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value of carriers' operating rights, some ailing firms may be required

to go bankrupt instead of being able to merge with healthy firms, as

they often did in the past.

However, in the long run, shippers do not benefit from being served by inefficient firms, for it is shippers and ultimately consumers -

who must pay for this inefficiency in higher freight bills.


Although. We have seen a substantial increase in Independent ratemaking, many carriers still cling to the collective ratemaking process. It is possible that such carriers are waiting for the removal of antitrust immunity before they will move to develop and implement their own independent pricing strategies. Similarly, while there have been a multitude of independent rate actions taken by the more innovative and competitive carriers, most of these ratemaking actions have been published through

the traditional rate bureaus, instead of through use of the Zone of

Rate Freedom.

However, after antitrust immunity is removed, those carriers presently

establishing rates independently will be much better positioned to compete successfully in the freer marketplace of 1984 than will their rivals who wait until the last moment to accept the change to individual ratemaking.. We belleve that certain of the ratemaking phenomena we have observed

in the past two years

such as little use of the Zone of Rate Freedom

and few new released value rates being set by independent action
are merely transitory in nature. Full adjustment to the ratemaking


reforms of the Motor Carrier Act will not be completed until after 1984, when collective setting of single-line rates will no longer be permitted.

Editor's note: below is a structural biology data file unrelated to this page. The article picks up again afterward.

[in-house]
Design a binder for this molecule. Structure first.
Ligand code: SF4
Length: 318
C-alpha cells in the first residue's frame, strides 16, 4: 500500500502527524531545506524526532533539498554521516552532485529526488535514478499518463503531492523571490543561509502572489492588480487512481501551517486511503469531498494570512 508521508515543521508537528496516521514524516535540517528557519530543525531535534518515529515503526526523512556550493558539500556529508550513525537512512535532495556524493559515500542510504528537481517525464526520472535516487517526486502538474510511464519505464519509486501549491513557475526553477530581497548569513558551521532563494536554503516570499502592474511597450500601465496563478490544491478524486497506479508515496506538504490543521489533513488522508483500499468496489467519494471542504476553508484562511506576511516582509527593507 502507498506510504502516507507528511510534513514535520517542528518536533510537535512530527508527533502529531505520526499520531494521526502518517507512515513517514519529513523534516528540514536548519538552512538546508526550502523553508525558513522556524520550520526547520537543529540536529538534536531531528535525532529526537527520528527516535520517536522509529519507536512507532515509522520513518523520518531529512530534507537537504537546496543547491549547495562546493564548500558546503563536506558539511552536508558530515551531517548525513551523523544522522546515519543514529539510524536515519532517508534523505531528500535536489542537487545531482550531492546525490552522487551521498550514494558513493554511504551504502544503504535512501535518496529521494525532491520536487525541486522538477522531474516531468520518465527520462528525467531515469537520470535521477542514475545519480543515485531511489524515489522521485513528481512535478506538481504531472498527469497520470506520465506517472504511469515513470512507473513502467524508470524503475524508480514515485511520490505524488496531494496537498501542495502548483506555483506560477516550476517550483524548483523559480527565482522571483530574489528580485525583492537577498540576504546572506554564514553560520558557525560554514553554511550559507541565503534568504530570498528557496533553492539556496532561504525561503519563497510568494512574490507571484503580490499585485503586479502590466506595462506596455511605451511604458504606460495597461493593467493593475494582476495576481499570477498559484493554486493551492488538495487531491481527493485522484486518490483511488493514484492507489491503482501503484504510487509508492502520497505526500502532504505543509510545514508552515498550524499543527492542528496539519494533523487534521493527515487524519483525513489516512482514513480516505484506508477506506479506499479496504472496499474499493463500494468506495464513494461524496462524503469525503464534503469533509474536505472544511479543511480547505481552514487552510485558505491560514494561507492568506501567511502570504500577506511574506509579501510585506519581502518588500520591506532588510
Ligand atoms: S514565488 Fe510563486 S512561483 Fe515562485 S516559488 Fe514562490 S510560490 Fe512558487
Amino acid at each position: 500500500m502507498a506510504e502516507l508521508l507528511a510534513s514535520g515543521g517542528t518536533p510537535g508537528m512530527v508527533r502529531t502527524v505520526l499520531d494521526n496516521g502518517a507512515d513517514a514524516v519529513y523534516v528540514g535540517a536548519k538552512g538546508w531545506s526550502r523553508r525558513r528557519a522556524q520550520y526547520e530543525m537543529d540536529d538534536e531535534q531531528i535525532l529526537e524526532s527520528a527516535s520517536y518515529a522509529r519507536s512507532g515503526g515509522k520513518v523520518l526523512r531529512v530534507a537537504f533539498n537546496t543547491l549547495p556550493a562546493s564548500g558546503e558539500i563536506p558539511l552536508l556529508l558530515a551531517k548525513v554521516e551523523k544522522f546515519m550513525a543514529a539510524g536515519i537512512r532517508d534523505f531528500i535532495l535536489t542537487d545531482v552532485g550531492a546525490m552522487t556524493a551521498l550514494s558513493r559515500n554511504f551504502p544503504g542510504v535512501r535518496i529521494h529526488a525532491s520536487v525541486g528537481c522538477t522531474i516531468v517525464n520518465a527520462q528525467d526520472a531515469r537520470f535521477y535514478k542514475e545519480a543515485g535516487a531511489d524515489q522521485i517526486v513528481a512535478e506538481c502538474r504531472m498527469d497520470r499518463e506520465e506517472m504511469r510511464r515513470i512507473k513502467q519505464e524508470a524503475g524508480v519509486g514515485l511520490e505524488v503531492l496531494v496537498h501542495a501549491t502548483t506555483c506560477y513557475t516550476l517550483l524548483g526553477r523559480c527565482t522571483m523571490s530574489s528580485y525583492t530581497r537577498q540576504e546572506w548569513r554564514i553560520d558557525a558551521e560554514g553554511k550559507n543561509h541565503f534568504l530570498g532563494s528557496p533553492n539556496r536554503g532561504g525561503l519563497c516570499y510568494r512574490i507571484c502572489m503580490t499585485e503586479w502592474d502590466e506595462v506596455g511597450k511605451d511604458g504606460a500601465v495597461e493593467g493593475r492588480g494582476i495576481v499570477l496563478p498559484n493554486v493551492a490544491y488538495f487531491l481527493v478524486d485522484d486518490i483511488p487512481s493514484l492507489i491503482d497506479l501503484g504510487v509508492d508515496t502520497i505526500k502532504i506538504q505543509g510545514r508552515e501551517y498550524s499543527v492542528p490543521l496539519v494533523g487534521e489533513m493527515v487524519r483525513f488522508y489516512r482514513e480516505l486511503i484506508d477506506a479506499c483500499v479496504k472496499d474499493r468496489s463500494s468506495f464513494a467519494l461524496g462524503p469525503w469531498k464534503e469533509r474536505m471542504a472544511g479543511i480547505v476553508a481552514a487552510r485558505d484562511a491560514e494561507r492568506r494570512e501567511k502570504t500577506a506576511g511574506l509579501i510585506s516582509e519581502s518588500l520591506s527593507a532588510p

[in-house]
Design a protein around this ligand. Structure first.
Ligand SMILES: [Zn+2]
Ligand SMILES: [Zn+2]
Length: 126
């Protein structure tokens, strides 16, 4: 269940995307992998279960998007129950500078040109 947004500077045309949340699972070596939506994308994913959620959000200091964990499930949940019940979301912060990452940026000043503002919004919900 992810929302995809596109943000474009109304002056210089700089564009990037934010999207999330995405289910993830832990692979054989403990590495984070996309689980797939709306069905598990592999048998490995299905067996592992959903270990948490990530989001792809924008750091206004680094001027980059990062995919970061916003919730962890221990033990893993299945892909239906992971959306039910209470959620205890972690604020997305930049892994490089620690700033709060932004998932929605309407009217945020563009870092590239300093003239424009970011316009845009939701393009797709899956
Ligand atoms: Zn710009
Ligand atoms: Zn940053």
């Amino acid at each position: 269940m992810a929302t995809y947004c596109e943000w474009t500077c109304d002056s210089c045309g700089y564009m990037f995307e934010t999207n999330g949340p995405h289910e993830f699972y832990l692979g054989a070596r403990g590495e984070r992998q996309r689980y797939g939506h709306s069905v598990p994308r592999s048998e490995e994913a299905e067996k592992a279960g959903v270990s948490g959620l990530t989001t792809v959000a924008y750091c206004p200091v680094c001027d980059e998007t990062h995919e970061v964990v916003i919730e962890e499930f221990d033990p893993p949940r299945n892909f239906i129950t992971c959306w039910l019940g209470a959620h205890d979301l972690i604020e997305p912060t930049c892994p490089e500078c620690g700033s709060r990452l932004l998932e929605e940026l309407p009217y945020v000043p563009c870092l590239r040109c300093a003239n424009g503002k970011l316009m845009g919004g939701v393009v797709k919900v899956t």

Virtually everyone agrees that there has been significant new entry,

as well as expansion by extsting carriers, since enactment of the Motor Carrier Act. Freer entry, coupled with greater flexibility in ratemaking,

will ensure that freight rates do not get "too high". In addition, there is a further important benefit of entry reform: freer entry also makes predatory pricing impractical. That is, with low entry barriers,

pricing below cost makes no sense.

Even if a carrier is able to drive

its existing rivals out of a given market by pricing below its cost, other carriers will easily be able to take their place. Consequently, the carrier pursuing such a strategy will not be able to charge monopoly prices for its services and will have sustained losses to no avail.


Last year we provided this Committee with systematic information about

the behavior of motor carrier rates from 1976 through 1980, based upon

a series of rate indexes compiled by the Department's Transportation

Systems Center.

Because of the increase in independent rate actions, it is no longer feasible to ascertain freight charges for specific shipments simply by looking up the rates in collectively set tariffs. In order to obtain

accurate freight rate information, it is now also necessary to look

at the rates of specific carriers. Since only the rate bureaus themselves


have the information necessary to match the traffic movements used to

construct the Indexes with the names of the carriers actually handling

these shipments, we cannot accurately update our rate indexes. For

example, our staff examined a random sample of 88 motor carrier truckload

shipments and found that estimating actual freight charges for these
particular movements by looking up collectively set rates contained
in rate bureau tariffs overestimated actual charges by slightly more
than 30 per cent. Thus, the very success of motor carrier reform in
encouraging independent, competitive ratemaking has made these indexes

obsolete less than two years after passage of the Motor Carrier Act.


One of the major concerns prior to passage of the Act was the availability of service to small or rural communities under deregulation.